Next, I combined it with pineapple juice and lime juice. And eventually even added some rum. Yeah, I’ve definitely been here before.

So there’s nothing tropical about this syrup that I can identify. (Nor is there anything “amazing”, or even interesting, about it.) This product is an artifact from the decline and “dark age” of drinking. It belongs side-by-side with sour mix.


The things I put myself through for y’all. :expressionless:

Definitely does not taste like Jonathan English Fassionola.

Definitely does not taste like cherry, but doesn’t not taste like cherries, either (in the sense of the taste of a mouthful of chewed up fresh Bings).

Really doesn’t taste—or smell—like anything in particular. It’s “fruity”. There’s not really enough distinctive to even make it generically tropical.

Maybe part of the problem is the apple juice they’re putting in it, now? And maybe the apricot?

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Your sacrifice is appreciated.

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The other evening, I got together with Joe Desmond and Adam Kolesar and we auditioned a few fassionola drinks, comparing the commercial Jonathan English product to a compounded syrup recipe developed by Beachbum Berry.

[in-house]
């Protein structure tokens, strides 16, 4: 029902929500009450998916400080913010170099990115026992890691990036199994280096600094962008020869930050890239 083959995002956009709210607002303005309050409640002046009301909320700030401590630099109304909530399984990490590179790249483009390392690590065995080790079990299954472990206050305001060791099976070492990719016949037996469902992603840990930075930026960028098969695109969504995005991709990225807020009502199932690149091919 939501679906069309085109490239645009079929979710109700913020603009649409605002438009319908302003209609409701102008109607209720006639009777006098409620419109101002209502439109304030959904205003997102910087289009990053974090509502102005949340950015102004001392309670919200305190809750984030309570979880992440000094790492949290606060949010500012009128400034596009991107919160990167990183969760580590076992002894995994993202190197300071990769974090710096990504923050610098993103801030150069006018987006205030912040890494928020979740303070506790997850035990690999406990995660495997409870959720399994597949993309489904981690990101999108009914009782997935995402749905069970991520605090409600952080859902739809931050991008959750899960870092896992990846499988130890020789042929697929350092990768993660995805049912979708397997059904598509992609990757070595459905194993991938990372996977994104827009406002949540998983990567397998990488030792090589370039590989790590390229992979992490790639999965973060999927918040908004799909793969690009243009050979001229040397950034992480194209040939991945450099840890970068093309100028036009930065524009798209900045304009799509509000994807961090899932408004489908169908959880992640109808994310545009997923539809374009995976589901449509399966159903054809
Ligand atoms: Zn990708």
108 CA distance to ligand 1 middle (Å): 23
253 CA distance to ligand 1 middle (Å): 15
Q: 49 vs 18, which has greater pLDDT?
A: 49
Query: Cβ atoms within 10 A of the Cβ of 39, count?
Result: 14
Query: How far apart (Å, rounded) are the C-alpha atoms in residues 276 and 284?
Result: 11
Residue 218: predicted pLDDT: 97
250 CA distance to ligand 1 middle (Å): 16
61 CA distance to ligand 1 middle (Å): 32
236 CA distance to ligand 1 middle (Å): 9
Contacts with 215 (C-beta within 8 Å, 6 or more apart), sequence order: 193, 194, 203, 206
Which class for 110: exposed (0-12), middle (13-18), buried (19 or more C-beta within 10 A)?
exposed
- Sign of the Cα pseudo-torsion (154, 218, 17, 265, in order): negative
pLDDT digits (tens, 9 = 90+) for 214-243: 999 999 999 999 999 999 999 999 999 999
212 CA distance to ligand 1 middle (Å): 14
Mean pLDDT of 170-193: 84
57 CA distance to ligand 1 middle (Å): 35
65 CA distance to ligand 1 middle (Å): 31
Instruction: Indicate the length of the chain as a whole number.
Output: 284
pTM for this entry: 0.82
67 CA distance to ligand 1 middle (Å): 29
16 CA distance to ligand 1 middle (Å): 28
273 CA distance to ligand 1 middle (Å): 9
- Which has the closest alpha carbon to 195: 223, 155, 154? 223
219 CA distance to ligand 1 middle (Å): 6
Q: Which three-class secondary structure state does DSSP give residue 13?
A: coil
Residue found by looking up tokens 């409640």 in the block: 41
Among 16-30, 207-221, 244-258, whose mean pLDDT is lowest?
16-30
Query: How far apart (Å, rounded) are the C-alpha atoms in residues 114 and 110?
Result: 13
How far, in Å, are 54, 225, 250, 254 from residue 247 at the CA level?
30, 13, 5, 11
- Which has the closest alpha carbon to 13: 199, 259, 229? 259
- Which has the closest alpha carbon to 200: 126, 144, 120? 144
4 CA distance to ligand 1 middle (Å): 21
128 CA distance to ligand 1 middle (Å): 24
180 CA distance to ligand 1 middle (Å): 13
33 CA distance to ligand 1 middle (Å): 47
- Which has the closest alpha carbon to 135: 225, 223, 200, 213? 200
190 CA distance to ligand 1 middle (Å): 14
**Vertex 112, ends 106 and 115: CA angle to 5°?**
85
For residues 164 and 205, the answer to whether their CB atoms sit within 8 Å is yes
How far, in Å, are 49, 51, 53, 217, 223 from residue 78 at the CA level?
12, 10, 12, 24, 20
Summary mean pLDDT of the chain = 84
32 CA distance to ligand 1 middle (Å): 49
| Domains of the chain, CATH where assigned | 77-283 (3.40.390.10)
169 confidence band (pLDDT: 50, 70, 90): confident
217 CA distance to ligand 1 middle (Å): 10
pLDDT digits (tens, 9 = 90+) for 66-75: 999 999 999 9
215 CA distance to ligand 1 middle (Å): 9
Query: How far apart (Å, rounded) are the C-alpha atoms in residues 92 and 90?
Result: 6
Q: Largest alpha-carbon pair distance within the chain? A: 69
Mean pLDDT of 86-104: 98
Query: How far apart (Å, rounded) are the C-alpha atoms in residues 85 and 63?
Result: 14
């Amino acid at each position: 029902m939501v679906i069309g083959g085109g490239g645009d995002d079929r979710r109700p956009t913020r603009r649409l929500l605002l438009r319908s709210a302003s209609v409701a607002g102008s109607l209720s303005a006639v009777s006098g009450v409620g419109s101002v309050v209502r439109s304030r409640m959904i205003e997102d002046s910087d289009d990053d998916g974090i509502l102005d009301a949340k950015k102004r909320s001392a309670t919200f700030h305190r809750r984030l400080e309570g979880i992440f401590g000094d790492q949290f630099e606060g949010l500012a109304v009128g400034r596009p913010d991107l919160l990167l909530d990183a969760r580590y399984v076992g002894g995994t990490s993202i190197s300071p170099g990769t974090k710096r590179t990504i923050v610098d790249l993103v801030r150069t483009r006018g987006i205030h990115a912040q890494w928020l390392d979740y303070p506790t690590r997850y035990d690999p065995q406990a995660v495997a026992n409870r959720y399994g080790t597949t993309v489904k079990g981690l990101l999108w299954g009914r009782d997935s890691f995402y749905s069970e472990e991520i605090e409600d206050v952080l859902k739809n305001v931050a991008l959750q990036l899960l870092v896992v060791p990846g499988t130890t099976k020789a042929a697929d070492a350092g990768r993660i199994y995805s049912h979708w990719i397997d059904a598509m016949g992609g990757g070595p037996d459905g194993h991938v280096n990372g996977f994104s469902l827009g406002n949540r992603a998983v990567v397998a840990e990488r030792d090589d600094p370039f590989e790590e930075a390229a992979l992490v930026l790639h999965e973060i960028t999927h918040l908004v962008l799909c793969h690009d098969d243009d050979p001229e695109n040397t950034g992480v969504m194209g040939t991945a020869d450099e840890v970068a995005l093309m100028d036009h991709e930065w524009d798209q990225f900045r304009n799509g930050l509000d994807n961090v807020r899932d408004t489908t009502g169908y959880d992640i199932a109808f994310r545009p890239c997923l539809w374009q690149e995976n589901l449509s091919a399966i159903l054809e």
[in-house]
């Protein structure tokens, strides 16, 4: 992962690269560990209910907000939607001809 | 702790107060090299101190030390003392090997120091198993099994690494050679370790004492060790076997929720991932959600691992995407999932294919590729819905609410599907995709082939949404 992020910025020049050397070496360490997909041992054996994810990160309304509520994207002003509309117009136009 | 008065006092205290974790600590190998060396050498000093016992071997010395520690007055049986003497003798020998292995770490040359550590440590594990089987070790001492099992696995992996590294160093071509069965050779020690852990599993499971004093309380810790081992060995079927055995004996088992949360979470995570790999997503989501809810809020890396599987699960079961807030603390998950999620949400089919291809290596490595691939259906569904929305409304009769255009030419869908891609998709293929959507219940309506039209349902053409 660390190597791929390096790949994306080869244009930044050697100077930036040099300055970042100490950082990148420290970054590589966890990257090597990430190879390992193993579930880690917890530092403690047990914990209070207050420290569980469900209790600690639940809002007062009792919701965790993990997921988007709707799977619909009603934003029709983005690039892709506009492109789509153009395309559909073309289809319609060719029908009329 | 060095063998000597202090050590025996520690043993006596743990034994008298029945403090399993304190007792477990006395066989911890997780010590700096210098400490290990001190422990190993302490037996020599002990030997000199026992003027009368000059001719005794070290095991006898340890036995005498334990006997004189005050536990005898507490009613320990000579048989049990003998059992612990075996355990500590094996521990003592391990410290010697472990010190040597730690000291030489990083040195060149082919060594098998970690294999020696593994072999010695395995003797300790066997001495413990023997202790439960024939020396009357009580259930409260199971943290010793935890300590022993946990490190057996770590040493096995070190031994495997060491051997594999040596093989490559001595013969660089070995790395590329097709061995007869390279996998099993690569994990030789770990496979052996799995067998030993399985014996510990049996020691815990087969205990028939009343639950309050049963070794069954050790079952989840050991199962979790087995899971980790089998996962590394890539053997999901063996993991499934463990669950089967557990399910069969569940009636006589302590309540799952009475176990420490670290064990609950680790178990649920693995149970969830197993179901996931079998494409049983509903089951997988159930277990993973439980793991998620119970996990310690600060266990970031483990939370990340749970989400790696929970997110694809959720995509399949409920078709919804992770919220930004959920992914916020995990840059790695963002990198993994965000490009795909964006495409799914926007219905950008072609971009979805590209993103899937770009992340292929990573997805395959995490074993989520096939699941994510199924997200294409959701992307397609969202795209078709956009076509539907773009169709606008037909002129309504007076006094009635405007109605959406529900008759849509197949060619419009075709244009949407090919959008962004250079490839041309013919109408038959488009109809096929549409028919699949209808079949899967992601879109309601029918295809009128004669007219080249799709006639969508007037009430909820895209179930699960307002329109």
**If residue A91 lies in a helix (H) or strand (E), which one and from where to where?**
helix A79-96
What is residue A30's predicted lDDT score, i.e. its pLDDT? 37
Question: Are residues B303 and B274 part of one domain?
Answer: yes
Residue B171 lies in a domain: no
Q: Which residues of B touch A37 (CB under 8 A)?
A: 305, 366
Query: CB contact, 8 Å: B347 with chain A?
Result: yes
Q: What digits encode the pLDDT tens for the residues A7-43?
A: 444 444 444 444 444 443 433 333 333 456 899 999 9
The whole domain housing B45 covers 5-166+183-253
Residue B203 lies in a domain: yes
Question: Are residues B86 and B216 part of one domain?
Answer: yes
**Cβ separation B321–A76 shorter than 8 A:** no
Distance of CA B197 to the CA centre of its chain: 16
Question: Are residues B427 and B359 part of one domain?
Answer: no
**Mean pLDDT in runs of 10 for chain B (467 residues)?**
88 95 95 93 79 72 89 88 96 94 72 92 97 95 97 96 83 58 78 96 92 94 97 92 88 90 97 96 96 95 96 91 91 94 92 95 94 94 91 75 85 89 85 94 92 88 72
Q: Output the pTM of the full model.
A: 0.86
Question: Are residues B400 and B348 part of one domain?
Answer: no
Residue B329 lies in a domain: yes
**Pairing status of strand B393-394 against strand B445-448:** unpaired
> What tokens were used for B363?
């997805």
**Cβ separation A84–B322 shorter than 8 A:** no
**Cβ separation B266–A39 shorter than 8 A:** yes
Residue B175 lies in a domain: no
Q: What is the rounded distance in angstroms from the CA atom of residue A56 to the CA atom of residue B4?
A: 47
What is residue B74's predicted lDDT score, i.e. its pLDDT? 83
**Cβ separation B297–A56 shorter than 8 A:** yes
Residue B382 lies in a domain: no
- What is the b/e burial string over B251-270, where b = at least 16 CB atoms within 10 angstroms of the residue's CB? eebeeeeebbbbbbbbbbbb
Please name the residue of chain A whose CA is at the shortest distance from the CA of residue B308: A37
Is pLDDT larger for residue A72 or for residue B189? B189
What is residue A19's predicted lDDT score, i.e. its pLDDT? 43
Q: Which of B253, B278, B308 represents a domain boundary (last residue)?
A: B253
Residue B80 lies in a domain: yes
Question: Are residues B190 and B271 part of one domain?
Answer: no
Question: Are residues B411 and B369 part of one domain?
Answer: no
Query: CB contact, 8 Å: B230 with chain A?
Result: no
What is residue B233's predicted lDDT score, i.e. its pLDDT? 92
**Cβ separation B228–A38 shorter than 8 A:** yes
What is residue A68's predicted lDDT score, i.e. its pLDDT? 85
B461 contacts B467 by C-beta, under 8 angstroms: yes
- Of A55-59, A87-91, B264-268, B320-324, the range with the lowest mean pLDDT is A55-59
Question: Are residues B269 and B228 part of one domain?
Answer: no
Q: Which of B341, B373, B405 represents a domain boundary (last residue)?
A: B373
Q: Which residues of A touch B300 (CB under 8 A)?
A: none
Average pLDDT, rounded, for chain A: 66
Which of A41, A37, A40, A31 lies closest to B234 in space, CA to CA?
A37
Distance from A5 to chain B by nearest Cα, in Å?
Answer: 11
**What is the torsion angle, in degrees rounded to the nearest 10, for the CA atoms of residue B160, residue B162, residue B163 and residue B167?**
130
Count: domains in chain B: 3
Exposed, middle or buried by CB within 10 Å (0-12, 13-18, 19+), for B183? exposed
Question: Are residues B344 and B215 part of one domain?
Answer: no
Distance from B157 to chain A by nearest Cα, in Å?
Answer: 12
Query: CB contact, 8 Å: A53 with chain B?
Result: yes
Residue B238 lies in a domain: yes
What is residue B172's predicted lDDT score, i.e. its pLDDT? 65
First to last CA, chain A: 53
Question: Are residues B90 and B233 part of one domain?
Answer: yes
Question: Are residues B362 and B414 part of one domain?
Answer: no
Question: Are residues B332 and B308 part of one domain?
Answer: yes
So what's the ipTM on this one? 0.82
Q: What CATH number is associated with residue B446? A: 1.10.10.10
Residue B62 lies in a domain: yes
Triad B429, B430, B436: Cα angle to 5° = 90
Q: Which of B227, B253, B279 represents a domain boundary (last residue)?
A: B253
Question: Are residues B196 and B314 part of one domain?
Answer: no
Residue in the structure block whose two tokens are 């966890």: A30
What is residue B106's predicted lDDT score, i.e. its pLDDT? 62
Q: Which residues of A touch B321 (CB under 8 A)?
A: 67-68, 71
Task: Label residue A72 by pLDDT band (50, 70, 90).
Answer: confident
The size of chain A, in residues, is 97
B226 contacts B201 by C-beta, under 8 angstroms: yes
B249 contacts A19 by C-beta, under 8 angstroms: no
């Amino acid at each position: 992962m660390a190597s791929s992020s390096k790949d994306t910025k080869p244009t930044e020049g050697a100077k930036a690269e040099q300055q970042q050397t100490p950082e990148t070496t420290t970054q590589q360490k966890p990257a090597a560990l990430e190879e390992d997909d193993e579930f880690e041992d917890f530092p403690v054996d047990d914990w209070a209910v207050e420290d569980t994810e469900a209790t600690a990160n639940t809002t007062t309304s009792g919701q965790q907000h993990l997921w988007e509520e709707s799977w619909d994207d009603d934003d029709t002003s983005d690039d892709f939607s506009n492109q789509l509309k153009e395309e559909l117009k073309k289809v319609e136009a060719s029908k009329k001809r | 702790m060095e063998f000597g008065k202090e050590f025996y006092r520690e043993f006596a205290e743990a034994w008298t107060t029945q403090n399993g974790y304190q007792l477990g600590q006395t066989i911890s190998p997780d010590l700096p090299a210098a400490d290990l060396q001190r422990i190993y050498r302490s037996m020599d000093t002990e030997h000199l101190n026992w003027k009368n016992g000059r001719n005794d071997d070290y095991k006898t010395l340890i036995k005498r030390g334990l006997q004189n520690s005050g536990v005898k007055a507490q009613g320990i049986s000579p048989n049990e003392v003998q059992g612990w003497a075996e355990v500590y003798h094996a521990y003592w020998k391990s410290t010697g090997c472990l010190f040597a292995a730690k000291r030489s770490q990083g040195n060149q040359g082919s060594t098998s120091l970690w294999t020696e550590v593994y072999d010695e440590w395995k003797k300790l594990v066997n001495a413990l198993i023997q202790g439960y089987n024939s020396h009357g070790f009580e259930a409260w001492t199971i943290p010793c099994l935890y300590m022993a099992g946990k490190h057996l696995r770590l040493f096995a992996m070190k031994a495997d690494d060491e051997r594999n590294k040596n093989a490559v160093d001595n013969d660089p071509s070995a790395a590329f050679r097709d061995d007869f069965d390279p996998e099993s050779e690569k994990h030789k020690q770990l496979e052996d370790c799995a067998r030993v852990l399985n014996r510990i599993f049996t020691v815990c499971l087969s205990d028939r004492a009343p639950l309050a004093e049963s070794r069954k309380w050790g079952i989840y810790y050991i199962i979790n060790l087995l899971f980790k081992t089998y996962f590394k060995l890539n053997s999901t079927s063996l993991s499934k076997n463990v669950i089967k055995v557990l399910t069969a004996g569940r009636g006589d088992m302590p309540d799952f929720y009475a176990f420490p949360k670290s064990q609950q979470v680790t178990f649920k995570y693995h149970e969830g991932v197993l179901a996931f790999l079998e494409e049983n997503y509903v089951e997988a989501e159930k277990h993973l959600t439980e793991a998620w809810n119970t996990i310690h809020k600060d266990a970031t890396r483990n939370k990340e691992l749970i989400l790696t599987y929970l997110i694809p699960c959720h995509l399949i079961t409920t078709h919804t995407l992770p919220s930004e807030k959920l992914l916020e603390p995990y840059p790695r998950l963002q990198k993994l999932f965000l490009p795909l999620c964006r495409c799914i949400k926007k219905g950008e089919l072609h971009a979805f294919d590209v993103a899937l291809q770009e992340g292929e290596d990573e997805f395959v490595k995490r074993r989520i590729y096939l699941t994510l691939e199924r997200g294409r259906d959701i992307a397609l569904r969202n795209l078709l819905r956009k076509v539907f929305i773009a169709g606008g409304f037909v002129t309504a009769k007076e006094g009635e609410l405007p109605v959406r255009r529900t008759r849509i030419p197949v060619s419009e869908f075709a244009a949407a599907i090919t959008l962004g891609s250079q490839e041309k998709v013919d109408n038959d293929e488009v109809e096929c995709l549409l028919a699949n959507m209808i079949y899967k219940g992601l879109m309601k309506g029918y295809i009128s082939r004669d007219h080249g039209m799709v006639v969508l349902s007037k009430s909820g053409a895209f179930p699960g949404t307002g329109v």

Don the Beachcomber’s 1970s-era Cherry Blossom Punch (yes, served as a cocktail):

The 1956 Hurricane recipe from Pat O’Brien’s:

The Ace Pilot, an unpublished recipe in the Jet Pilot/Test Pilot vein that we’ll soon be publishing on Total Tiki/Total Tiki Online:

None of these drinks were particularly compelling to me, although the ones with the Jonathan English syrup were pretty terrible, whereas the the ones with our compounded syrup were… OK? The Cherry Blossom Punch just feels like a degraded version of an earlier drink with different ingredients—and that’s probably exactly what it is, but we don’t (yet) have an earlier recipe to go by. The Hurricane is just not a very good drink, period. At it’s worst, it’s quite nasty. At its best, it’s merely pleasant. The Ace Pilot—at least using our compounded tropical fruit syrup—is a proper drink, but it’s built around 151-proof puerto rican rum, which isn’t delicious. So, the Ace Pilot is a very strong punch, but there are better ones.

The real brutal takeaway is that none of these drinks did anything to make fassionola more compelling as an ingredient.